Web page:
Colorado weather: Overnight data trends south with heaviest snow, lessens impact for Denver metro

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We continue to track a storm system that will deliver rain, snow, and wind to Colorado this week. Despite "good" model agreement in recent days, our confidence in this system has been relatively low when it comes to details on who ultimately sees how much snow in the end.

In yesterday's update we showed where model data currently sat with regard to how much snow guidance was producing for Eastern Colorado. We also discussed that much of the data was showing a southern shift in the heaviest precipitation (snow) – a trend which looks like it continued overnight.

While yesterday's model consensus was around 4 - 8" of snow for the Denver area, with greatest totals to our west and south across the Palmer Divide, overnight data cut into those totals across the board, and in some cases significantly. So, as of Sunday morning here's what's known/unknown about the upcoming system:

Before the "main event" moves through midweek, a quick-hitting system will pass to our south Monday into Tuesday. For most of the metro areas we won't see much of an impact, but portions of southern Colorado will see some rain, snow, and wind as it passes through.

For Denver, the initial system probably won't produce much in the way of showers, for Colorado Springs (timeline below) there will be about a 20 to 30% chance of showers Monday, with great precipitation chances arriving Tuesday night with the second system:

Here is a look at the upper level map valid Tuesday morning:

By Wednesday afternoon the first system is long-gone, with system number two moving through the region and bringing that chance of snow to the state:

In theory, the position of that low still looks pretty good for snow around here. It's got some imperfections, but... just about where you'd like to see it for snow across the greater urban corridor.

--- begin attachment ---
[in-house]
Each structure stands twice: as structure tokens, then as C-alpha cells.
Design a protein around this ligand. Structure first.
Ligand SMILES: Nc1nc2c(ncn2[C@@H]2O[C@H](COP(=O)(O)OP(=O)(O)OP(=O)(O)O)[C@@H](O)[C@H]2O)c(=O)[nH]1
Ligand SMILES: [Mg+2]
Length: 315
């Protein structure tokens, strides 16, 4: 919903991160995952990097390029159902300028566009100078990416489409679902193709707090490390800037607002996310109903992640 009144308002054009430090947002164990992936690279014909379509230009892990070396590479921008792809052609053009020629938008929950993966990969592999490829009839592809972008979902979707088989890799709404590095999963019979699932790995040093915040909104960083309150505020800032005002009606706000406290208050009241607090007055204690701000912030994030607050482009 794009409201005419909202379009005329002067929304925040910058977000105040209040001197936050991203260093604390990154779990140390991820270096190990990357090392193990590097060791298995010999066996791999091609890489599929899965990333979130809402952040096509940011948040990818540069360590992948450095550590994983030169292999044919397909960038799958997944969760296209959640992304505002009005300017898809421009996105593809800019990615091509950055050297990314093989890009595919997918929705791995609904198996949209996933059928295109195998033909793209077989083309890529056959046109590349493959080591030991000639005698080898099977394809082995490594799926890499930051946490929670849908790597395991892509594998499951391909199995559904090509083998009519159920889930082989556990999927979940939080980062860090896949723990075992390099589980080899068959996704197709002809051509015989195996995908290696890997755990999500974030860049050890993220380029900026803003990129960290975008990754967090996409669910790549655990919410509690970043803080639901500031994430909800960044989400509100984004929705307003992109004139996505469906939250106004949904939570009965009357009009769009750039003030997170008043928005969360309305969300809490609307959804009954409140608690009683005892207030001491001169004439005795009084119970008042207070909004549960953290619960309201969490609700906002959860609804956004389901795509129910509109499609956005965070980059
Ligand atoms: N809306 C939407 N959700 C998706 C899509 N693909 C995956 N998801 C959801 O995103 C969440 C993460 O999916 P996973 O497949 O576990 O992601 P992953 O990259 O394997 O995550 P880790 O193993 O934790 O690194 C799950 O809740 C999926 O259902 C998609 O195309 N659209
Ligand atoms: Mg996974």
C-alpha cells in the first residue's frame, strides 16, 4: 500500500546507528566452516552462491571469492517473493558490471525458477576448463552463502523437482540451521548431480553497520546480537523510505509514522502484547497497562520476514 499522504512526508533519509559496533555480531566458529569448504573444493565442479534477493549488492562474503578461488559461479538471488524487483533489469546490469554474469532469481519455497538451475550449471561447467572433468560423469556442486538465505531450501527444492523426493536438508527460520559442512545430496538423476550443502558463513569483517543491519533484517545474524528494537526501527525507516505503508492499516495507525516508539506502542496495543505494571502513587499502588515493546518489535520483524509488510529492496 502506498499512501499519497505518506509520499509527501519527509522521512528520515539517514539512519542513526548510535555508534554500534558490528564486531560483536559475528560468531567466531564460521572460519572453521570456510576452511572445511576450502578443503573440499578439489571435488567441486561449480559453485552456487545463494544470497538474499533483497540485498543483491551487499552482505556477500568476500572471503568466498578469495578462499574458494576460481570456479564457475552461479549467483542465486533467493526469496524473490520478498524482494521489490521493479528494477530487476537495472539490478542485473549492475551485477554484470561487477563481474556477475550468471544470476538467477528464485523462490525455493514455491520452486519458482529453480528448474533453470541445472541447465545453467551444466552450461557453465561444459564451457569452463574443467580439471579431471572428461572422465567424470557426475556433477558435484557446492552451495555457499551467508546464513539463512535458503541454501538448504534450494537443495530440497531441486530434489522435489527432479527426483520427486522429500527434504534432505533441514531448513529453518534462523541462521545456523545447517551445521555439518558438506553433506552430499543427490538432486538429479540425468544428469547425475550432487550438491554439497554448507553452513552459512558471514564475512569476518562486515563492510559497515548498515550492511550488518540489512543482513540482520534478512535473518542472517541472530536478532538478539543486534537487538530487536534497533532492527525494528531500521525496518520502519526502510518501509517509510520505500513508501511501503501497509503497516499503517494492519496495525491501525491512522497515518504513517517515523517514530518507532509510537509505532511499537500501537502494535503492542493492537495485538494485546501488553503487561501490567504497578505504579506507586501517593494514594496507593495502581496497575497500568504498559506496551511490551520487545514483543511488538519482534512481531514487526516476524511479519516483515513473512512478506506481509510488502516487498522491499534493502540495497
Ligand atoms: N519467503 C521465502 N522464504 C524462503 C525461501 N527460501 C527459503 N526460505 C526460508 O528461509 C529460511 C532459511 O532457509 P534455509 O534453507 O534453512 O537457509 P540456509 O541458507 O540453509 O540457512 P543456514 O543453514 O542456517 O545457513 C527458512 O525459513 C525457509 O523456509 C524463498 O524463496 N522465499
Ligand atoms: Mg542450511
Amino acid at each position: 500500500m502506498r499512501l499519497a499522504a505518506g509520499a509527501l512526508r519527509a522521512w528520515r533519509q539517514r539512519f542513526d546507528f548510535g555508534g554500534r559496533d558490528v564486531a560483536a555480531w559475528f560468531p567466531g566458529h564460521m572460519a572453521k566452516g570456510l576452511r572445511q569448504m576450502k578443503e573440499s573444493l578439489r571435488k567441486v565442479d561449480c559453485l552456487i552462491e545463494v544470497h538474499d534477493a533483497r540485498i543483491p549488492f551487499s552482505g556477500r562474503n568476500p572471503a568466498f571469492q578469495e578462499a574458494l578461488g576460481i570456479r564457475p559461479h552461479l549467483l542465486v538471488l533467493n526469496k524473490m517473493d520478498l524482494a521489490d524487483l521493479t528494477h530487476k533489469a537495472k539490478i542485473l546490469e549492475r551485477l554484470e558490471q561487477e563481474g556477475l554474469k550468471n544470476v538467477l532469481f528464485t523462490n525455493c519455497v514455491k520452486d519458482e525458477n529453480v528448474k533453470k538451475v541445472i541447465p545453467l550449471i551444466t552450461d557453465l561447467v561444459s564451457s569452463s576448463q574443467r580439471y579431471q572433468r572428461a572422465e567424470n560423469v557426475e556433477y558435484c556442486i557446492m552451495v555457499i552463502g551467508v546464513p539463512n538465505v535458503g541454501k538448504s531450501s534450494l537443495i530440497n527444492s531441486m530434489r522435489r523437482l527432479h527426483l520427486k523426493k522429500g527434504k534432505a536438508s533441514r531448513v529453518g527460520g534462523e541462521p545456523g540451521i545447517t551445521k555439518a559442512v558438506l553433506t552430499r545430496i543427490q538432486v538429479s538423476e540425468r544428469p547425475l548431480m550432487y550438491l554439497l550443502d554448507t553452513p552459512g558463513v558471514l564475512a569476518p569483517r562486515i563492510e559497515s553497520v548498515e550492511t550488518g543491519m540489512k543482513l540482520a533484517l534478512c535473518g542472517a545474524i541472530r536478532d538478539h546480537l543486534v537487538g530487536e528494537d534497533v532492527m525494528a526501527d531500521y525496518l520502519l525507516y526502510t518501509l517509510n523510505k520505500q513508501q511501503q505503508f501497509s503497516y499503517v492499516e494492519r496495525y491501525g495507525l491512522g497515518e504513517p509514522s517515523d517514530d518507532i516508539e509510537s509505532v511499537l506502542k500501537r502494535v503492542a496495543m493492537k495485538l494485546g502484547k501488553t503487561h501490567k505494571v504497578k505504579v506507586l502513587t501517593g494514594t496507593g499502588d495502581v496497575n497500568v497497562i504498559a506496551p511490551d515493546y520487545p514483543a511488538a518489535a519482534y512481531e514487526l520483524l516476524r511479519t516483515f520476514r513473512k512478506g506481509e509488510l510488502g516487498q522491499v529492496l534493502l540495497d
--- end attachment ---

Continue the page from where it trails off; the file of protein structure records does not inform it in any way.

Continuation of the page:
At the surface though, we continue to see models pulling the low further south and southeast. If you watch the animation below, you'll note the cluster of red numbers (various ensemble member positions of the low) tracking further south over the last 4 runs. Each image is valid Wednesday morning. Prior runs had a lot more members in southeast Colorado/the OK panhandle, while the most recent run focuses most of the members a couple hundred miles further south. In some ways subtle, but also quite impactful to our snow potential if this idea holds/the trend continues.

For example – below is a look at precipitation output from the European yesterday vs last night.

The Older run produced 0.4 to 0.5" of liquid across the Denver area (4 - 8" of snow):

The Newest run produces 0.1" to 0.3" across the metro, cutting totals by more than half in some cases (!). This run has no QPF totals of 0.5" or more anywhere across the Denver/Colorado Springs area, with all of the heaviest precipitation focused well to our south and southeast:

With that, here's the current probabilities for 3" of snow or more through Thursday morning – just 20 to 30% now for Denver, a bit higher still across the Palmer and even COS, but overall a downward trend from yesterday to be sure.

Now, we are still a couple of days out from this system moving through, so let's just be patient and see how things ultimately unfold. If you are hoping for a big snow, the current trend is not your friend. Plenty of time for that to change course, and like we said above, the overall "look" of the system would suggest a swing back north could still occur... but with ensemble data lacking much potential here, we are starting to run out of time for things to reverse. Let's see what today's data holds!

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